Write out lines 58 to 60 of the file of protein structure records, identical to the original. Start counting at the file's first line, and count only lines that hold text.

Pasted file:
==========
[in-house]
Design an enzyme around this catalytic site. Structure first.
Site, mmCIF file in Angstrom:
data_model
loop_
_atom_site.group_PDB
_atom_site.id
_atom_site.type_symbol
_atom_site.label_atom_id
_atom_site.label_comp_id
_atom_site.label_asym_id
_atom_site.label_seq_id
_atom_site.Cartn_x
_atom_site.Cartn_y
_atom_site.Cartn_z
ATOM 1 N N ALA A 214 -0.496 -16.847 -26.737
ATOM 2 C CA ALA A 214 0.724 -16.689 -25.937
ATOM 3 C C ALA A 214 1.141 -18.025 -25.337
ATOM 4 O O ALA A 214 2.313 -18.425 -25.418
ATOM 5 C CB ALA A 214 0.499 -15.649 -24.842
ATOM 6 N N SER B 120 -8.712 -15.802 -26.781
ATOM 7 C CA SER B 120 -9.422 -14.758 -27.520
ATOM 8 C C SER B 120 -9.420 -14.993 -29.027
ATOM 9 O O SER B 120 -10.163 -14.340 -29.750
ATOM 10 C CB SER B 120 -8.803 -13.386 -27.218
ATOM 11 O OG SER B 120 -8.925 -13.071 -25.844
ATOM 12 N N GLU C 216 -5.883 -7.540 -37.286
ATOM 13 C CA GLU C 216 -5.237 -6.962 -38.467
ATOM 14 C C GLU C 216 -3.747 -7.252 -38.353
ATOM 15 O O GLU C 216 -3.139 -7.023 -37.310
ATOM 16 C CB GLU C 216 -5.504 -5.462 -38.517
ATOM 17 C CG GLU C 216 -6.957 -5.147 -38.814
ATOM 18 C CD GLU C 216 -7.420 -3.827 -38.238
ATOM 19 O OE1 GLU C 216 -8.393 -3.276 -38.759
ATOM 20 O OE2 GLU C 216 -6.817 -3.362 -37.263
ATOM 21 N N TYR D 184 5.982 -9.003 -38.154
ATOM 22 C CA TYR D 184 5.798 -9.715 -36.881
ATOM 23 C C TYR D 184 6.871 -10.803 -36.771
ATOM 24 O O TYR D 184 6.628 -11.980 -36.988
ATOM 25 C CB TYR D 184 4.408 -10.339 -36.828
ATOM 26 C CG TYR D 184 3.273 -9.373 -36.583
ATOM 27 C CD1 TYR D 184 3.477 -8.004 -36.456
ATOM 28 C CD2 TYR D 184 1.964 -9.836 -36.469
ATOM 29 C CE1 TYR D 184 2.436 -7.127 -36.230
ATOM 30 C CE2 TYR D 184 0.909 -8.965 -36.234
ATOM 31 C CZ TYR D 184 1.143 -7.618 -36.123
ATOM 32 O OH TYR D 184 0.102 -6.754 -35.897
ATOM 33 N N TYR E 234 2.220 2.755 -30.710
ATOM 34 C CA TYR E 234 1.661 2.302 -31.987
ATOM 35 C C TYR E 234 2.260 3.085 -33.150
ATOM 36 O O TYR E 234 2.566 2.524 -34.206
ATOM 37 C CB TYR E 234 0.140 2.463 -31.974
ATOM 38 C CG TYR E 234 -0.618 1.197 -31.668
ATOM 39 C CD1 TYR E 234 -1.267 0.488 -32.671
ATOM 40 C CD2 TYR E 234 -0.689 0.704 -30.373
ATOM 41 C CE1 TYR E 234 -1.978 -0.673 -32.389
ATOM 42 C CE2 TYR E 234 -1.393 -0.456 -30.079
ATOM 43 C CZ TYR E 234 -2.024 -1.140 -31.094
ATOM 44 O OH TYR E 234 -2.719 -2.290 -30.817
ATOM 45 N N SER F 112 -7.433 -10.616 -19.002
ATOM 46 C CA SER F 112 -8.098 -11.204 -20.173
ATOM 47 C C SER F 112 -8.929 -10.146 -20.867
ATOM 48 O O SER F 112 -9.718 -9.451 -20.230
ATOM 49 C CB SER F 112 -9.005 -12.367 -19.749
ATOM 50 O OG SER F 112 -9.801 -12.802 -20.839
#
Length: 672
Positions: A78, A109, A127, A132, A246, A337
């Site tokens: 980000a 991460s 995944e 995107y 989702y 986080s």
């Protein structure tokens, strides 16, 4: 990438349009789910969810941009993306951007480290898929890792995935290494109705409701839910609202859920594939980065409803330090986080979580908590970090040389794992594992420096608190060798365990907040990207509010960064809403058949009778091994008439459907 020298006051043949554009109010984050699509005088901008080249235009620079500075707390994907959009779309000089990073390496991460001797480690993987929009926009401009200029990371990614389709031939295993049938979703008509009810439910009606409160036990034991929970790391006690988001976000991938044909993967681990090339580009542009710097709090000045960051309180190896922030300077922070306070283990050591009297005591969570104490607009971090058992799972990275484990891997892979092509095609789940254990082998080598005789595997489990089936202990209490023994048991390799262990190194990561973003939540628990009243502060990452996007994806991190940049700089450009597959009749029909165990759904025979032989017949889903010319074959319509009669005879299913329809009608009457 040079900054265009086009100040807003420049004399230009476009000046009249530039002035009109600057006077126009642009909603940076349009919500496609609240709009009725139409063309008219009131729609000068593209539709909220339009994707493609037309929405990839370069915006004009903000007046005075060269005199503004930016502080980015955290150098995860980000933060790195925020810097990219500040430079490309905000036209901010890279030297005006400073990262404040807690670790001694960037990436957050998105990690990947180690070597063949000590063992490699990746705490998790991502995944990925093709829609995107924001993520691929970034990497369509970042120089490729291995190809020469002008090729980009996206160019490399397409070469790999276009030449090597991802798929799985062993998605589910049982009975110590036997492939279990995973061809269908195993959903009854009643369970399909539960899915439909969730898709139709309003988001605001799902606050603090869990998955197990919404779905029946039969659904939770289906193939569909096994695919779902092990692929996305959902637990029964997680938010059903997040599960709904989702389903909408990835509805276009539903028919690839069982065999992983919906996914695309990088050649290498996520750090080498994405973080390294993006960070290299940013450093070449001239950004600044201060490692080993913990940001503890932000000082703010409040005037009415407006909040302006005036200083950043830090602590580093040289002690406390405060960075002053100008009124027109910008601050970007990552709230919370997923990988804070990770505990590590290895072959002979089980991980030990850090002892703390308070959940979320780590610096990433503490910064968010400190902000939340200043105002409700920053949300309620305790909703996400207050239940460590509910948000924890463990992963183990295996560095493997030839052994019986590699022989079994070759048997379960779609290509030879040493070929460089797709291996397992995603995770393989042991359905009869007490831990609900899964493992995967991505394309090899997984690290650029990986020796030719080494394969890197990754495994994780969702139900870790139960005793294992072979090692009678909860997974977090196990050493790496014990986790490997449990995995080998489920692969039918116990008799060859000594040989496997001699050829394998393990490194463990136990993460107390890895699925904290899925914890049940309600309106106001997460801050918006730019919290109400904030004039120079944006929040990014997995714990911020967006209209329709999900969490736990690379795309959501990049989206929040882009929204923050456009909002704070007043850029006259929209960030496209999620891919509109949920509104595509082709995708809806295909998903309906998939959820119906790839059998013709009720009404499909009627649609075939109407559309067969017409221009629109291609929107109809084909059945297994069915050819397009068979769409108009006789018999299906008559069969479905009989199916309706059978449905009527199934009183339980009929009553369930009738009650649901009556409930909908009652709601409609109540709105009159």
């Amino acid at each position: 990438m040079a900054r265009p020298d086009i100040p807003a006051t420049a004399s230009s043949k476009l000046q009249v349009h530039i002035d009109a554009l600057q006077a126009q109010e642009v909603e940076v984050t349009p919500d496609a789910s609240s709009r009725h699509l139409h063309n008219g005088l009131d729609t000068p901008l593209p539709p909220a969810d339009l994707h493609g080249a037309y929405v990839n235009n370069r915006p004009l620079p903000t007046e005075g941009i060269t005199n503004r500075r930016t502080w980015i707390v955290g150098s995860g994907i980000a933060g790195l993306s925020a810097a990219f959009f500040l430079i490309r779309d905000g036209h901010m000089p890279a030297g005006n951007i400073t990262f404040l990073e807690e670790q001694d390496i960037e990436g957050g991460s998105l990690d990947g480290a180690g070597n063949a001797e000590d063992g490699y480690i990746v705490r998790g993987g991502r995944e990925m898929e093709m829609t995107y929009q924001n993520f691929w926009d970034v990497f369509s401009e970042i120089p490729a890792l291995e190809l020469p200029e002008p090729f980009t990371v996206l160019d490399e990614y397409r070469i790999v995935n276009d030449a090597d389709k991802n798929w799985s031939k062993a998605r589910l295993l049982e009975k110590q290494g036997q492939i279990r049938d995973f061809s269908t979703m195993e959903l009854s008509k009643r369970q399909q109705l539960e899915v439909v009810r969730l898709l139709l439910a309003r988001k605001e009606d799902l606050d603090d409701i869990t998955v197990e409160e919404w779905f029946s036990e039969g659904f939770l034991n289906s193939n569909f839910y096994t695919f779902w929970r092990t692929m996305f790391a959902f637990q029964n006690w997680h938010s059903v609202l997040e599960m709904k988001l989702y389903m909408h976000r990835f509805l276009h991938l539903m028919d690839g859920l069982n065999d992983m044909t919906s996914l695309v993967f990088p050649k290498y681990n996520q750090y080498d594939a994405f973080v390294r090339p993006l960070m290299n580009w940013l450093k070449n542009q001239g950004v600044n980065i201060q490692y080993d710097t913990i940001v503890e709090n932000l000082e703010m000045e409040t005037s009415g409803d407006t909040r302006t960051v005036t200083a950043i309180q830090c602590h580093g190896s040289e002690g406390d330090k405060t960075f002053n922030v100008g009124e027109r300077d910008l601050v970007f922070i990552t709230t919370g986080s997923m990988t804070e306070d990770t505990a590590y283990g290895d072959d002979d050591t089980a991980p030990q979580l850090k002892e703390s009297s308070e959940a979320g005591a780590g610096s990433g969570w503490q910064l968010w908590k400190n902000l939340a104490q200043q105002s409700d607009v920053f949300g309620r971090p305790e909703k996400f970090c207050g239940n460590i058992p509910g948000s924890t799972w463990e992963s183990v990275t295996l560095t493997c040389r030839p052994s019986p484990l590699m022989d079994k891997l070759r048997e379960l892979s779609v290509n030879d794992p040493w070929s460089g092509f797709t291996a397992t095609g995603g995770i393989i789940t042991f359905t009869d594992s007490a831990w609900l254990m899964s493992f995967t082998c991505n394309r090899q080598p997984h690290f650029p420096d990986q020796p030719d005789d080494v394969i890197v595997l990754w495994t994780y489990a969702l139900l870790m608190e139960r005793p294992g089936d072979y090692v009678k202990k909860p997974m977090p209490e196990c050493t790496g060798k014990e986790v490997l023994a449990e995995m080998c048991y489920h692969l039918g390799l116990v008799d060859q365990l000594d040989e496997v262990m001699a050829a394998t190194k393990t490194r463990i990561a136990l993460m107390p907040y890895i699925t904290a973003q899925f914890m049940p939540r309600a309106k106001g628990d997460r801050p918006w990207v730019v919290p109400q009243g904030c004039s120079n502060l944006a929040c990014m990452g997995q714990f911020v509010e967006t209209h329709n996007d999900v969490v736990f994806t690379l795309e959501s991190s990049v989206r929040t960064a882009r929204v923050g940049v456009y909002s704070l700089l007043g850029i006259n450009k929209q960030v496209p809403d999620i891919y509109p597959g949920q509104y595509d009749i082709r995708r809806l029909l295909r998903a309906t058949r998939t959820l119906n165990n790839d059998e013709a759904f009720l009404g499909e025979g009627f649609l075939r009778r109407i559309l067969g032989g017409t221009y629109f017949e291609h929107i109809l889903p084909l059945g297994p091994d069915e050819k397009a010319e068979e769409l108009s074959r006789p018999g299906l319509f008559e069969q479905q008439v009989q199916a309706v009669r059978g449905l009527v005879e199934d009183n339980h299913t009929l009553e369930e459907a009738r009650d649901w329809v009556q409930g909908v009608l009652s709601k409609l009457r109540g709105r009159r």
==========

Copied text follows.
ATOM 43 C CZ TYR E 234 -2.024 -1.140 -31.094
ATOM 44 O OH TYR E 234 -2.719 -2.290 -30.817
ATOM 45 N N SER F 112 -7.433 -10.616 -19.002